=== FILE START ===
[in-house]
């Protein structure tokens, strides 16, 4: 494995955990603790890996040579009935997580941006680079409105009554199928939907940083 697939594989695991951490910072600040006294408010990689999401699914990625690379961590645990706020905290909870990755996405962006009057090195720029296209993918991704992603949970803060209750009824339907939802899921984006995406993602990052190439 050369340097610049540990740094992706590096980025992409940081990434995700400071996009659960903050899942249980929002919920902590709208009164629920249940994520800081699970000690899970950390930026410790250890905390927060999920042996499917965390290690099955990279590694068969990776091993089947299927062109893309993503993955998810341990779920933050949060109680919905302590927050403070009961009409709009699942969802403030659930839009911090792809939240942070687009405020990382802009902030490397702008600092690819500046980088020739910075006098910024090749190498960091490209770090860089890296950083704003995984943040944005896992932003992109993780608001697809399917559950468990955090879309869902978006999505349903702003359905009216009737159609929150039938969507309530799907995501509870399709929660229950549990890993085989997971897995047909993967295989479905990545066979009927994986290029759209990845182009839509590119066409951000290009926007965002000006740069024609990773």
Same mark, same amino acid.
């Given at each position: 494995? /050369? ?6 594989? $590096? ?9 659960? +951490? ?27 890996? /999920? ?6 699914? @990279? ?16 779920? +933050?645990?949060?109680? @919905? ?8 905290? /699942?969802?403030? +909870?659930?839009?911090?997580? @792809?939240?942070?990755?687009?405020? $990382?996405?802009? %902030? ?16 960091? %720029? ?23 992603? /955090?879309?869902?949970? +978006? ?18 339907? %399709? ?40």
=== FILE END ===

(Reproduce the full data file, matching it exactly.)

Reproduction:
[in-house]
């Protein structure tokens, strides 16, 4: 494995955990603790890996040579009935997580941006680079409105009554199928939907940083 697939594989695991951490910072600040006294408010990689999401699914990625690379961590645990706020905290909870990755996405962006009057090195720029296209993918991704992603949970803060209750009824339907939802899921984006995406993602990052190439 050369340097610049540990740094992706590096980025992409940081990434995700400071996009659960903050899942249980929002919920902590709208009164629920249940994520800081699970000690899970950390930026410790250890905390927060999920042996499917965390290690099955990279590694068969990776091993089947299927062109893309993503993955998810341990779920933050949060109680919905302590927050403070009961009409709009699942969802403030659930839009911090792809939240942070687009405020990382802009902030490397702008600092690819500046980088020739910075006098910024090749190498960091490209770090860089890296950083704003995984943040944005896992932003992109993780608001697809399917559950468990955090879309869902978006999505349903702003359905009216009737159609929150039938969507309530799907995501509870399709929660229950549990890993085989997971897995047909993967295989479905990545066979009927994986290029759209990845182009839509590119066409951000290009926007965002000006740069024609990773």
Same mark, same amino acid.
């Given at each position: 494995? /050369? ?6 594989? $590096? ?9 659960? +951490? ?27 890996? /999920? ?6 699914? @990279? ?16 779920? +933050?645990?949060?109680? @919905? ?8 905290? /699942?969802?403030? +909870?659930?839009?911090?997580? @792809?939240?942070?990755?687009?405020? $990382?996405?802009? %902030? ?16 960091? %720029? ?23 992603? /955090?879309?869902?949970? +978006? ?18 339907? %399709? ?40």